Black Mirror S04E05 : Metalhead Review – An impactful but underwhelming episode

In my review for USS Callister, I had said that two episodes in the trailer launch caught my eye. One was USS Callister, another was Metalhead because of the fact that they were so experimental. Metalhead has a dystopian setting and is the first Black Mirror episode shot entirely in black and white. There is also another first for Black Mirror, as it has also never explored the post-apocalypse setting before.

Bella (Maxine Peake), Tony and Clarke are on some mission to break into a warehouse to find something that will help ease out the death of someone named Jack. This is a promise Bella made to her dead sister that she intends to keep anyhow. But sadly their ideas are cut short by a robotic guard dog, who kills Bella’s partners and then goes on a witch hunt for her. The rest of the episode follows Bella on her quest to save herself from dying at the hands of this “dog”.

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The reason that has made Black Mirror kinda scary these years is the fact that it has always been scarily close to reality. The Chinese government rolled out plans for a rating based system for its citizens last year which gave them positive or negative ratings based on their daily interactions, social media behaviour, credit points and many other factors, running them all through an algorithm to determine their final rating. Charlie Brooker explored this domain in the brilliant season three episode, “Nosedive” starring Bryce Dallas Howard much before the plans were announced, which caused a social media frenzy. Brooker himself says how often he has to tweak his scripts because of something happening which is almost like what he wrote in the script for an episode.

“Metalhead” was inspired by a Youtube videos of a robotics company named “Boston Dynamics”, which shows these small-sized robotic figures which could move around and perform tasks on its own, which if toppled, would get back up on their own. Brooker said he thought “What if one of these were after you”, which gave him the idea to write “Metalhead”. Any discussion about technology in recent times is dominated by artificial intelligence, and the possibility of a Skynet occurring in real life. Metalhead sides with that opinion, that one day there might be a possibility that we lose control on how intelligent these machines become courtesy of algorithms that we write for them.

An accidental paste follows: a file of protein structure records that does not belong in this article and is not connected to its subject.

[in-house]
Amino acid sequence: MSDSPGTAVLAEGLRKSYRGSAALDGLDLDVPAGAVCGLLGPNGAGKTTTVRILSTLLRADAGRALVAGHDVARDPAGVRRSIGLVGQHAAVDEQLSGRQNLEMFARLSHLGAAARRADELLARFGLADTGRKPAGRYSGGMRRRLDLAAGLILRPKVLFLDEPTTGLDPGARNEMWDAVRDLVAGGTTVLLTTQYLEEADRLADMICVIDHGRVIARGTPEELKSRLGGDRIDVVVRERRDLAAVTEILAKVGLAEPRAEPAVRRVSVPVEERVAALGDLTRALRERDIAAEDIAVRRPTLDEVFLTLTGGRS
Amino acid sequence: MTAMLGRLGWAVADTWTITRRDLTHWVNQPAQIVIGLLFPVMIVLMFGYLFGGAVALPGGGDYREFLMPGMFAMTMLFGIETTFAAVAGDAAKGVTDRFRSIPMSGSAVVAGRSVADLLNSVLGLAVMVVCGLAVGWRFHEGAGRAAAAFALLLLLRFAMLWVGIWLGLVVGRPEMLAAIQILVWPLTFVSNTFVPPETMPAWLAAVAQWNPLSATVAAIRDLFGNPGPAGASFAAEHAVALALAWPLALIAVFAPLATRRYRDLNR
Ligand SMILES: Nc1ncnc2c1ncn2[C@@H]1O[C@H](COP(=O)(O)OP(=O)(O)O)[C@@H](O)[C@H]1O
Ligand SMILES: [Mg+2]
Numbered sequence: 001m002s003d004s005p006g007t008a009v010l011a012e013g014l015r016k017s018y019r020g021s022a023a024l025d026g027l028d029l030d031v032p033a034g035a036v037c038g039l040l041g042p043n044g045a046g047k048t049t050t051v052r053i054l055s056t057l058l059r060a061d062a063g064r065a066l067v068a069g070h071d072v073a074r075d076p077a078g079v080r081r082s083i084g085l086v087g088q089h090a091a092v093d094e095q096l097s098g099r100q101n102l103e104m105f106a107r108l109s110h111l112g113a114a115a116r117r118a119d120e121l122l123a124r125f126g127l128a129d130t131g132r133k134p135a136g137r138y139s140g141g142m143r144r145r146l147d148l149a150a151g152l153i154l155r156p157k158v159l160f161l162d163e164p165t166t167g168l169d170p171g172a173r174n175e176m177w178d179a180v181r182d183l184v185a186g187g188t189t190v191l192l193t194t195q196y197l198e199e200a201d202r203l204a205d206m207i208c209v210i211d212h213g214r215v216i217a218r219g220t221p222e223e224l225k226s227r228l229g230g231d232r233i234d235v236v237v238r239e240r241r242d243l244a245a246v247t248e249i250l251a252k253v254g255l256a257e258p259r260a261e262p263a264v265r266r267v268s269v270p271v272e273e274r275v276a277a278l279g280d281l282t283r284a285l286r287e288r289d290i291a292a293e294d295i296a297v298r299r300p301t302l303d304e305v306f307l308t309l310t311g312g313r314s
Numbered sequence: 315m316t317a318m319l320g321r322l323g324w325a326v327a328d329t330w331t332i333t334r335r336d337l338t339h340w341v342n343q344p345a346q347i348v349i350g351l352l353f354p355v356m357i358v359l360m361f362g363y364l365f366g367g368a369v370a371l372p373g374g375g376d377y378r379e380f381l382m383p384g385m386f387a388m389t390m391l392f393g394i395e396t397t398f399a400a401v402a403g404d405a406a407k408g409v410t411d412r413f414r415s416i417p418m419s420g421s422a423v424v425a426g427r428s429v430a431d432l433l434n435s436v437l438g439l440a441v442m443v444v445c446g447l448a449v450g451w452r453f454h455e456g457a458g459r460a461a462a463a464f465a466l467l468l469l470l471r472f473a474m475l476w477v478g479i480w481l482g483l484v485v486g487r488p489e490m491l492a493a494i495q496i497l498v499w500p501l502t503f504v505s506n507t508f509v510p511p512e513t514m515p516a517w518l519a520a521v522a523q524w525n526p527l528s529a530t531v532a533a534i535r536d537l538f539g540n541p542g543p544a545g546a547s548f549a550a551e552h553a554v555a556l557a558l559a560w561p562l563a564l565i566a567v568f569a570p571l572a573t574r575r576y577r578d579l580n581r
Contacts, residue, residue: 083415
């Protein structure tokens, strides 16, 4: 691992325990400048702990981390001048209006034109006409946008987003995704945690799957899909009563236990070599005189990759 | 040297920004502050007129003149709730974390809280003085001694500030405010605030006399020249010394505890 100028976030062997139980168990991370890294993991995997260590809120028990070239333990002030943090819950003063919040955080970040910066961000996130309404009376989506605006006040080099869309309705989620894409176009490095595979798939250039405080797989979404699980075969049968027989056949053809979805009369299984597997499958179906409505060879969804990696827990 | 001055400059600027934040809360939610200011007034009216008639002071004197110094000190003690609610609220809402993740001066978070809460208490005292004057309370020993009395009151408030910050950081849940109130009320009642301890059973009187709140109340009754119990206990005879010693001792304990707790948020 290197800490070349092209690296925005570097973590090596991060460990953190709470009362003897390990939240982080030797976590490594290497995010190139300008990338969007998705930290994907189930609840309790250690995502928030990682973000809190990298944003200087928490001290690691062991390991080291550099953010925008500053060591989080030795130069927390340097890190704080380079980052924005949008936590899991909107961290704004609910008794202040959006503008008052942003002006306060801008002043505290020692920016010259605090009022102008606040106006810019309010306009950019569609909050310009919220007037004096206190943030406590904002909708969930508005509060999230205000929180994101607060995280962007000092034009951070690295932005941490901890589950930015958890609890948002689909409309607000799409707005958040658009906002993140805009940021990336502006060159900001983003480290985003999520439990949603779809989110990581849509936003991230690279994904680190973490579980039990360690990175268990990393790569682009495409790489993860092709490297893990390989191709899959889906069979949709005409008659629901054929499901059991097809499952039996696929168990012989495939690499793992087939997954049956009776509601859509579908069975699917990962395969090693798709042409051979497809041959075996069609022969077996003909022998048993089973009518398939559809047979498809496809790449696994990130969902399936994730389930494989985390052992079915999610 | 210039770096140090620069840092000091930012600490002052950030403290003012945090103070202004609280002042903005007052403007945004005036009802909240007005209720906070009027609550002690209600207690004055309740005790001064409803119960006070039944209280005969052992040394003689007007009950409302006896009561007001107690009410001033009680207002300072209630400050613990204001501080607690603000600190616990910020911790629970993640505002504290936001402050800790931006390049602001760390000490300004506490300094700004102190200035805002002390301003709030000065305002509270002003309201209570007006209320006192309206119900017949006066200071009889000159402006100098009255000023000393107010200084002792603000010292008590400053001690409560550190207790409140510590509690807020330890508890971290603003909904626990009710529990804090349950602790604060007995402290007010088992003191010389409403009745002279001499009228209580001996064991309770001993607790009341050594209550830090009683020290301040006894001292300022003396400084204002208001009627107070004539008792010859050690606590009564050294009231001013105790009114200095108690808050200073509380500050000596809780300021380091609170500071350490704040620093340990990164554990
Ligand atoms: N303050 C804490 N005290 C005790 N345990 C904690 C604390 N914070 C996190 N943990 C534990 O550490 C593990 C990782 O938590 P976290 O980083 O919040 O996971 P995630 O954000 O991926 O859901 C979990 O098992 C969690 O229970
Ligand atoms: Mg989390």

There is no premise to this episode and you are just thrown into this dystopian setting with killer robot dogs, and that is something I felt was intentional. The reasons for the apocalypse is something that was left to the viewer. It suggests but does not clearly say, that the humans were mass murdered by these dogs, and they have taken over some country or maybe the entire planet. The dogs are villainous, and not only that, they adapt according to their surroundings, improvising whenever a problem arises in front of them. Ed Cumming from The Telegraph rightfully compared them to the classic Coen Brothers’ villain Anton Chigurh from No Country for Old Men in how devilish their agenda was.

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Metalhead is probably the only episode this season wrapped in the classic Black Mirror-ish nihilism. But you always feel that there is something lacking in this episode. You feel like this is more of an extended short film rather than a feature of its own. That being said, Metalhead is not a bad episode (no episodes of Black Mirror are, to be honest) and I am in no way downplaying the excellent performance of Maxime Peake, who solely had to rely on her expressions, most of terror and fear, to pull this episode through.

Famous television director David Slade, who has directed episodes for Breaking Bad, American Gods and Hannibal, takes the helm for this one and in an episode that featured so much CGI adaptation, along with the monochromatic tone, I would say he did a very good job at directing it. George Miller once said that there are two ways to direct post-apocalypse, either make them black and white or go all out on the colour. He chose the later, Slade opts for the former which proves to be a very good decision as all that desaturation sort of sows a seed of fear in the minds of the viewer right from the start.

At the end of the day, Metalhead shows us how as humans we just look for our own personal gains, rather than something that helps the human race as a whole. The same way Bella puts the three of them in danger to ease Jack’s pain. But for that, three members of a supposedly near extinct human race are risked. This behaviour is something that has helped us evolve in the past, and as per Metalhead, it will be the end of us as well.

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An aspiring programmer by passion, Tuhin is a serial procrastinator and is occupied with three M’s – Movies, Music and Manchester United. He is obsessed with the use of colour in films, something he pours out more often than not on his Facebook page.

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